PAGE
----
Tuesday, 10 August 2010

The Western Fjords

One week in and our greatest impression of Norway so far is the landscape and the light: high and sheer snow-topped cliffs, rising vertically out of deep clear fjords, with small villages and isolated buildings perched at the water’s edge. Above it all are such enormous skies, and daylight until almost midnight. It’s been amazing and just keeps getting ever more beautiful as we head further north.

We started in Bergen in the Western fjords, a bustling and hilly coastal city (think quaint wooden shops and houses, which (just) avoids being too twee thanks to a bustling little harbour complete with fish market). Exhausted from our final weeks in London we didn’t do much our first day, but spent the second climbing one of the seven mountains visible from the town and walking back to town across the hills, with stunning views into the mountains and out to see.

Next stop was Flam, a tiny village at the head of a fjord. Its major attraction is a railway which descends 900m over 20km, and the village apparently draws over 500,000 a tourists – mostly day-trippers – a year. There were certainly a lot when we were there but as there isn’t a lot in the village and the weather wasn’t great most of the ones we saw seemed to be hanging slightly aimlessly around the gift shops outside the train station, where we joined them on our second day as the persistent heavy rain made us abandon the walk we’d planned.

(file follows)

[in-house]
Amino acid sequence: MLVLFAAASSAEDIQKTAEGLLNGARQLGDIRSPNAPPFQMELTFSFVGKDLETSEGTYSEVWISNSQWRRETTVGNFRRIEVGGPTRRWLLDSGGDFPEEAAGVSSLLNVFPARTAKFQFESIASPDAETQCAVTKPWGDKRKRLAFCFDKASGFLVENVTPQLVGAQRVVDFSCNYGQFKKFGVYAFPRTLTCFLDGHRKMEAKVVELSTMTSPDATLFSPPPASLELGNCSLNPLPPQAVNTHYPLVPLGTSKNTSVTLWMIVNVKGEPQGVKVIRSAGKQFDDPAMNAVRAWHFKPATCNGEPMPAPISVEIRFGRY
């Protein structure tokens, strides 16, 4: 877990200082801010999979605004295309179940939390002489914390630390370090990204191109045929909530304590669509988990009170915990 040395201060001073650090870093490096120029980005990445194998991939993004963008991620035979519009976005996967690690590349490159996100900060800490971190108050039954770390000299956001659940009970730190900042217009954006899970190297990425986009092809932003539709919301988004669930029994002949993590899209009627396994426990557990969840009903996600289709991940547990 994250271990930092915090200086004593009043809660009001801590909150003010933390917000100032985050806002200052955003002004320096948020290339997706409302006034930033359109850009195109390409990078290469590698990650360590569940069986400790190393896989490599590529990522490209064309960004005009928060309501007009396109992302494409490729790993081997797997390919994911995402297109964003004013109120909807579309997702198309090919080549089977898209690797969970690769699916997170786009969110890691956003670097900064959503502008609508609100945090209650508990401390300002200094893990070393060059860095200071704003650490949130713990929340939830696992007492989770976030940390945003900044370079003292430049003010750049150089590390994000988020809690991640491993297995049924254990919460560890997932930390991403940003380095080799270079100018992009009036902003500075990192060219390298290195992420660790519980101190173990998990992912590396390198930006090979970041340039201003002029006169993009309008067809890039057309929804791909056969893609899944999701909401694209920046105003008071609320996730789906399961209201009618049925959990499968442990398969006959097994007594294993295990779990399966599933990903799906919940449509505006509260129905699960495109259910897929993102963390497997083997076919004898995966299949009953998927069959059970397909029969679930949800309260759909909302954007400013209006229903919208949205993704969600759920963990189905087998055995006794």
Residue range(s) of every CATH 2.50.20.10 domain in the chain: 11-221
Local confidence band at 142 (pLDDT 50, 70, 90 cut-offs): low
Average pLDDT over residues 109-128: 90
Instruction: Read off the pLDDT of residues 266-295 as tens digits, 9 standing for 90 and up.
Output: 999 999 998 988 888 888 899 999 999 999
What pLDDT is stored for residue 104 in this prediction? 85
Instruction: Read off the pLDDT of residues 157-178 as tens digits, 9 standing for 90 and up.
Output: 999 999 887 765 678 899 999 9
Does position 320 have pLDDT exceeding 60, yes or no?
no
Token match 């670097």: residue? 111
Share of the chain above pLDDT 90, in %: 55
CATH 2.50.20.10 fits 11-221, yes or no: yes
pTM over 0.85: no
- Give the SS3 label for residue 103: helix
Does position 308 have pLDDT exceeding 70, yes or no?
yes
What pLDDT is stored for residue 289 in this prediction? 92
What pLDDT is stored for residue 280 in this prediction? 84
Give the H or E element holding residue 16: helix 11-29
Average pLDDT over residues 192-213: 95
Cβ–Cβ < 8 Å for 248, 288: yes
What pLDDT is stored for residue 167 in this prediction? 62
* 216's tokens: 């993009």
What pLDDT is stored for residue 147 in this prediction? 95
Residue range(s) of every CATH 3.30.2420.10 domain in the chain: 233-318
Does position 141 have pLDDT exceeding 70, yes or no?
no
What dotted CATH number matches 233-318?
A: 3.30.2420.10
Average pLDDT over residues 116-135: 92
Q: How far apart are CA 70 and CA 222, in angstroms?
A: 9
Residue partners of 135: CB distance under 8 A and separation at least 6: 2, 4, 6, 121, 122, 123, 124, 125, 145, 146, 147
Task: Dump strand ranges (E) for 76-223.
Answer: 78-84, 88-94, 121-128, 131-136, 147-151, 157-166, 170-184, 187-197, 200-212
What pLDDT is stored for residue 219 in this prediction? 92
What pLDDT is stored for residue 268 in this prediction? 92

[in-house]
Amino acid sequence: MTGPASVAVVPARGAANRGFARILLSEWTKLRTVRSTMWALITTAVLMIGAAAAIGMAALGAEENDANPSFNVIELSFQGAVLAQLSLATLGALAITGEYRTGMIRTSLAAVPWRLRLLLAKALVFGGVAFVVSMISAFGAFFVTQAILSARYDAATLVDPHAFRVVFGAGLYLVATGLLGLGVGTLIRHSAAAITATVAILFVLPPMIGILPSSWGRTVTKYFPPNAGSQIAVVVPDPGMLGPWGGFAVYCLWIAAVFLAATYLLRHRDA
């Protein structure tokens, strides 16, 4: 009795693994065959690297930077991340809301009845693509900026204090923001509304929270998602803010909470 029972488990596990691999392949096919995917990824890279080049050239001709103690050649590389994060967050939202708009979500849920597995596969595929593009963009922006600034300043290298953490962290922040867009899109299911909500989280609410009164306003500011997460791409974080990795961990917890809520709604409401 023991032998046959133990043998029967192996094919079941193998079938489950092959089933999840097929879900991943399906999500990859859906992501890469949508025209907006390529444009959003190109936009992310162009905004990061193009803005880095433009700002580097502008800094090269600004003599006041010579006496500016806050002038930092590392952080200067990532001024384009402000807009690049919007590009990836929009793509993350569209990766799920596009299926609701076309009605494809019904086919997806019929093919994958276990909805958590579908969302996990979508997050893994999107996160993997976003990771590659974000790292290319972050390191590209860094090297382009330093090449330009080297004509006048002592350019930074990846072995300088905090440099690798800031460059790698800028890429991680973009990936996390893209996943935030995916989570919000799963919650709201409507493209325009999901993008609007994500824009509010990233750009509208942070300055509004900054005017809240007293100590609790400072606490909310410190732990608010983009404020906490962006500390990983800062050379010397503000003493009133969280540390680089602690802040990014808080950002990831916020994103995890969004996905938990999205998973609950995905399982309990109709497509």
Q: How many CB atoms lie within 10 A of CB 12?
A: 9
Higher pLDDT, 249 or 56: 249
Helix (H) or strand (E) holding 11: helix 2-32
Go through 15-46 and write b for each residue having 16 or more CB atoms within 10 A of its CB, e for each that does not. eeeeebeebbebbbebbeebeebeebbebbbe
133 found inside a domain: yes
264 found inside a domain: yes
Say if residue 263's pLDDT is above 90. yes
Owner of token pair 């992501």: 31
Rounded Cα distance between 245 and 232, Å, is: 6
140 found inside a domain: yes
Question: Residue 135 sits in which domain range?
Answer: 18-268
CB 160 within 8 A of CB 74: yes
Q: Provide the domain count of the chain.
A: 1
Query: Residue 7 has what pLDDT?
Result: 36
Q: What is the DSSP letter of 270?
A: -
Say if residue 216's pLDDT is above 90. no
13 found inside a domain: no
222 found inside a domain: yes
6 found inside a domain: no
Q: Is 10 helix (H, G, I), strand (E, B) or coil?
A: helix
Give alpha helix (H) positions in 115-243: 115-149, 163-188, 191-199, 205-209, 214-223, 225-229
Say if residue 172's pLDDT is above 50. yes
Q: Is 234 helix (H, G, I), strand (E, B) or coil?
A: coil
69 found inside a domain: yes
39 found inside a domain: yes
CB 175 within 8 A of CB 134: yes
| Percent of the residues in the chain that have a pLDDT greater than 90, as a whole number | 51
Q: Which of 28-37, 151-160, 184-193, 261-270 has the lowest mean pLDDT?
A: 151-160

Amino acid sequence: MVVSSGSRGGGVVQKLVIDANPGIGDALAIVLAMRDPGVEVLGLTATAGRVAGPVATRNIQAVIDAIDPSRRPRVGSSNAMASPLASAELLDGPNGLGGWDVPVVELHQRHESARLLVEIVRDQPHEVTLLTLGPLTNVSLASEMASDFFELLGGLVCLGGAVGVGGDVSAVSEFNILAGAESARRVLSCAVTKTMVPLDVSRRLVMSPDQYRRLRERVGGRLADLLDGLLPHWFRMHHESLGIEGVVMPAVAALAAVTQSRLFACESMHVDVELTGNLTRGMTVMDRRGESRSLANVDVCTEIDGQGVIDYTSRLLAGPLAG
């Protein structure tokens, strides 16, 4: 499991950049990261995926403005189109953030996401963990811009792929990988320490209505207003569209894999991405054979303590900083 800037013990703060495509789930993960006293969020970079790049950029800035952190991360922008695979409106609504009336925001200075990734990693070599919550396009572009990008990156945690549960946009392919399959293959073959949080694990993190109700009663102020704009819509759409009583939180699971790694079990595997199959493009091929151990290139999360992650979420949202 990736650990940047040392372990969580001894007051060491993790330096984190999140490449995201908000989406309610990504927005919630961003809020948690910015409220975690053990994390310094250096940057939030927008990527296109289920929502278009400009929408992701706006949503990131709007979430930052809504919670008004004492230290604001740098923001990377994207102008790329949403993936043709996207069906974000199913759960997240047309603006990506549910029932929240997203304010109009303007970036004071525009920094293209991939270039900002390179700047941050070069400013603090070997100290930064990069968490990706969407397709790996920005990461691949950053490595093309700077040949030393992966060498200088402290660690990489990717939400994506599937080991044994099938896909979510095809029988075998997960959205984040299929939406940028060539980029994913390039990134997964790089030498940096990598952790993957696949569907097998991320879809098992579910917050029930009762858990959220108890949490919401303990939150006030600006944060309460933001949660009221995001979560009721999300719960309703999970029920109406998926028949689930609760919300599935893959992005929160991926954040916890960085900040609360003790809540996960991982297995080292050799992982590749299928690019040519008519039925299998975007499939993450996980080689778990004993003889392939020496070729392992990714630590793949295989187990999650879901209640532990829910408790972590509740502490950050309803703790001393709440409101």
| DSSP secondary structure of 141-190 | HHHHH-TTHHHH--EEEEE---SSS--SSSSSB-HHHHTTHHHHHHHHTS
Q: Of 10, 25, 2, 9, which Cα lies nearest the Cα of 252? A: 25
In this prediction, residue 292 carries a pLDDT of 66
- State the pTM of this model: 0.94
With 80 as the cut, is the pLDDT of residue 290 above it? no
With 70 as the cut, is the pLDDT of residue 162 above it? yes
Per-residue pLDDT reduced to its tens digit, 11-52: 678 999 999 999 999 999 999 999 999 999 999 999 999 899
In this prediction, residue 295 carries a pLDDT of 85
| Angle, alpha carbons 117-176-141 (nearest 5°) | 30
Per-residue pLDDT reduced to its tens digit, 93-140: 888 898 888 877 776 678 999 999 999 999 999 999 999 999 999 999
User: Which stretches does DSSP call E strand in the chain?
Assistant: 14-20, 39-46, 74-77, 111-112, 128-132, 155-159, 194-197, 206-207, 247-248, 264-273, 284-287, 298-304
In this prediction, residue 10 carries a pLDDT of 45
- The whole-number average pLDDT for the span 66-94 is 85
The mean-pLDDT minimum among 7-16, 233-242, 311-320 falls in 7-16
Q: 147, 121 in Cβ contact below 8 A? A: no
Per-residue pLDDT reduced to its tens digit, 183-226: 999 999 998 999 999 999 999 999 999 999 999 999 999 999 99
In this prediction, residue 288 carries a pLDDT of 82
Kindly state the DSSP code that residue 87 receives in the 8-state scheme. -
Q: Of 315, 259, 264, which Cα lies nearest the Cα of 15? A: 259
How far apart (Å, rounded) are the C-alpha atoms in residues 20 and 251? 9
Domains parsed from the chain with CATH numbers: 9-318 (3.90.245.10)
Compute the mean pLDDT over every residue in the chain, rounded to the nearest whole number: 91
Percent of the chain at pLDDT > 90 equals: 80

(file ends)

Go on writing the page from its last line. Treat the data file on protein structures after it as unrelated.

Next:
Balestrand – a tiny village at the confluence of three fjords - was even more beautiful than Flam and much quieter, with a great campsite sloping down to the fjord. Again we headed for the hills, climbing a 1000m mountain above the village with views of the surrounding snow-capped peaks and clear blue fjords below, before going for a refreshing if rather chilly swim!

So overall we’ve had a fairly quiet and wholesome start to our trip, with lots of walking and fresh air and just one beer (at nearly £10 a pint this first month is set to be pretty much alcohol free) and are feeling well rested and inspired by the outdoorsyness of Norway – walking or off road running seems to be the national pastime and Norweigans walk faster than anyone we’ve ever seen before (we’ve had several embarrassing moments being overtaken by 10 year olds out on walks..!)

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